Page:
Celeste Beard was an outrageous woman. Her actions were without a doubt reprehensible, but at the same time riveting and fascinating. Now, they will be unveiled in movie form when Julie Benz takes on the real-life role in Lifetime’s Secrets of a Gold Digger Killer, based on the book The Fortune Hunter by Suzy Spencer.
“Celeste is very believable when you watch her in an interview,” Benz told reporters during a junket for the Lifetime movie. “At least for me, I would watch her interviews and be like, ‘She’s right. Everybody was out to get her. This is a total lie. This didn’t happen. She’s so innocent.’ And then you read the transcript from the trial, you hear the recorded messages, and all of that, and you’re like, ‘Well, wait a second.’”
As the story opens, Celeste works as a waitress at a country club in Austin, Texas, where she manages to catch the attention of Steven Beard (Eli Gabay), a retired broadcasting executive, who falls hard for Celeste and makes her his wife. He lavishes her with homes, cars, designer clothes, and jewelry, but it isn’t enough.
Eventually, Celeste is committed to a mental health facility for depression. There, she seduces a fellow patient Tracey Tarlton (Justine Warrington) and convinces her that the only way they can be together is if Steven is dead. And she might have gotten away with Steven’s murder if Tracey hadn’t finally come clean.
Following is more of Benz’s thoughts on playing the convicted murderer, who is serving a life sentence at the Crain Unit in Gatesville, Texas.
What did you do to prepare for this role?
Julie Benz: The great thing about these types of roles is you can get all that anger and aggression out on set. For me, I did a lot of research. We shot in Vancouver, so I had a 14-day quarantine. I spent that time watching all the video footage I could find of Celeste, going down every rabbit hole of the case and just really trying to wrap my head around this woman.
She was extremely outrageous, so it was challenging for me. It allowed me basically to take the lid off of her. Most people live with a lid on to keep certain emotions in check, and Celeste just vomited however she felt. And so, it was just being able to release the valve and let it all out and let it go. There were some days after filming all day where I’d be exhausted from the amount of the emotional journey that she was going on, but the jumping around in the shooting schedule as well. It was exhausting, but it was exhilarating as well.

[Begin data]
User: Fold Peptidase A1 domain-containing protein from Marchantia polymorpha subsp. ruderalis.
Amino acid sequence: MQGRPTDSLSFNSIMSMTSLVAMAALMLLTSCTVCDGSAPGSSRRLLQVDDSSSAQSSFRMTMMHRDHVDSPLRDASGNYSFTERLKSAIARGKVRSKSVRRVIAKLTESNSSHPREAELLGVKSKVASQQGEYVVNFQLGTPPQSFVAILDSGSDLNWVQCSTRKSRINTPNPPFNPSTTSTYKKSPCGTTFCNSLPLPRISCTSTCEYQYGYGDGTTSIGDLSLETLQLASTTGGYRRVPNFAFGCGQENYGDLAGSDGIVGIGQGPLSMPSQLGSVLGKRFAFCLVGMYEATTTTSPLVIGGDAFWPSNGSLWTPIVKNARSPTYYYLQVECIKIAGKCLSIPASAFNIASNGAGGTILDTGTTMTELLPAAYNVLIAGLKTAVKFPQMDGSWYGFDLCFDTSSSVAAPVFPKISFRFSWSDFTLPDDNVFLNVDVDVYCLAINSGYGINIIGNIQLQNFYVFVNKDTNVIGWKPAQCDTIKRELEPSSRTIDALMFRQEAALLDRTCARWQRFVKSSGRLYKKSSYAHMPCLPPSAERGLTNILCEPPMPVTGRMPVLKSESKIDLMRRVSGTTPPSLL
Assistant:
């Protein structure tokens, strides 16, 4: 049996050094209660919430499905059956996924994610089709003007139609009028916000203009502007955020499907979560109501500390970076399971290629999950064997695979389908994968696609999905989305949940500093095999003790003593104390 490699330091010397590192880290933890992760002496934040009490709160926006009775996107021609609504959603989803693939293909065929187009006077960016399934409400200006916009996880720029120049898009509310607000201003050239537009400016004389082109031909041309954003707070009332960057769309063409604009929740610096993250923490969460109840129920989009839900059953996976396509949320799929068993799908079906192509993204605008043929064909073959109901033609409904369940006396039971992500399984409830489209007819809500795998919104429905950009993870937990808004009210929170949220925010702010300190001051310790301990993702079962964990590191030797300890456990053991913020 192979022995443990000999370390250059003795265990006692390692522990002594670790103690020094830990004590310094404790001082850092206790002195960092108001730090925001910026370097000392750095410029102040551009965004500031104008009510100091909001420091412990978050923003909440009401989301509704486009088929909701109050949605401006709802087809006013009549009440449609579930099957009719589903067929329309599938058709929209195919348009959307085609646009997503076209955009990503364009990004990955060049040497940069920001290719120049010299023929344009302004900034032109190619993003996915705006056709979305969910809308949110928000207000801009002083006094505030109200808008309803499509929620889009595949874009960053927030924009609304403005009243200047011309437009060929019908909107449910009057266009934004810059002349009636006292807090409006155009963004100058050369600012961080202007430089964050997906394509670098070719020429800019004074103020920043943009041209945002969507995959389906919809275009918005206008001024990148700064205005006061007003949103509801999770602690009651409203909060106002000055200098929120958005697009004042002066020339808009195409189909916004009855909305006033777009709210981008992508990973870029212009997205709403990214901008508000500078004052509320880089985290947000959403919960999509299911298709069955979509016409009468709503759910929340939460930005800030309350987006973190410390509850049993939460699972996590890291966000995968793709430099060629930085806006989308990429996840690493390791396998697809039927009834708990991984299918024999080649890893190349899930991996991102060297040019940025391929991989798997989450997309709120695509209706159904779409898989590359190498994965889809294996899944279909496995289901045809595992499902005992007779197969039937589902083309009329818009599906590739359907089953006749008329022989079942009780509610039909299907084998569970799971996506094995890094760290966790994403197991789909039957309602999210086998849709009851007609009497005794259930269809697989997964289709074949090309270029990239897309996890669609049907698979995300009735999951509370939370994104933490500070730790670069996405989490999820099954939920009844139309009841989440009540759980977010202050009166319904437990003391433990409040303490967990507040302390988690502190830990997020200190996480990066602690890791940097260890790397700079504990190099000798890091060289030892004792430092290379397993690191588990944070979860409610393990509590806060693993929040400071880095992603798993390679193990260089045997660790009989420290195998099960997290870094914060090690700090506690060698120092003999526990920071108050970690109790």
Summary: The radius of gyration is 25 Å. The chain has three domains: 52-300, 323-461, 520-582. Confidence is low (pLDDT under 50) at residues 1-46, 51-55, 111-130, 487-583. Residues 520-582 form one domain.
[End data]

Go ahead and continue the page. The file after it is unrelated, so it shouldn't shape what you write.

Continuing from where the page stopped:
When you get a colorful character like this, you can go high and wide at the same time. Is the challenge to moderate so you don’t go too far? How was that process for you as you approached the character before anybody else gave you direction?
Julie Benz: In approaching Celeste, I spoke to Robin Hays, our director, and I was like, “I’m going to chew the scenery. I’m going to just let it go. It’s up to you to tell me when and where I need to pull it back. Help me craft the performance because the only way I know how to play her is to just go from zero to 60 in under a second.” So, it was really in Robin’s hands to help tell me, “Take it down a little bit. Let’s try a different approach.” All of that. So, Robin really helped me craft the performance of Celeste as well.
Were there days when it was too much?
Julie Benz: I will say there were some scenes that really just broke my heart as an actress, where I really scared Roan [Curtis] and Georgia [Bradner], who played my daughters. Literally after every take, I would just hug them and just be like, “I’m so sorry.” They loved it. They were just like, “No. We were terrified.” Robin would yell “cut” and I would immediately grab them into a hug just to make me feel better because there was a lot of ugly energy that I had to live in.
How challenging was it to get Celeste’s accent perfected?
Julie Benz: I’m good at it, so it wasn’t that challenging for me. For me, it was really getting Celeste when she talks. She has kind of a flat tone, and it was really trying to get some of that flat tone. She flattens A’s a lot. Also, I can lean too heavily into the accent, so they were constantly backing me off from it. So, it was getting that flat tone, but still being able to show emotion through it. So, it was being able to do that, but also still have the emotional range and have that go through your voice.
Going into a role, you’ve got to find something redeeming about the character, something to like about her. Was there anything you found redeeming about her? And do you think she was doing it for her kids?
Julie Benz: When I entered into this project and started researching Celeste, I would go back and forth between: Was she guilty? Was she innocent? Because if you watch her in an interview, she still claims her innocence and she’s so believable. I really tried not to pass any judgment on her and really, I think in her mind, she did it for her family, her children. Like, this is what you do. But I think at the end of the day, she really just did it for herself and that’s speaking now that I’m removed from the project and she’s out of my system. But while I was in it, I would have big arguments on set: “I don’t know. I think she’s innocent, guys. I watched another interview.” And [executive producer] Barbara [Lieberman] would be like, “No, she’s not.”
If you could talk to Celeste, what would you ask her?
Julie Benz: The obvious question is, “Come on, did you really do it?” But I don’t think I would ask that. I’d be too afraid.
Secrets of a Gold Digger Killer premieres Sunday, June 13 at 8 p.m. ET/7c on Lifetime.More: Julie Benz, Secrets of a Gold Digger Killer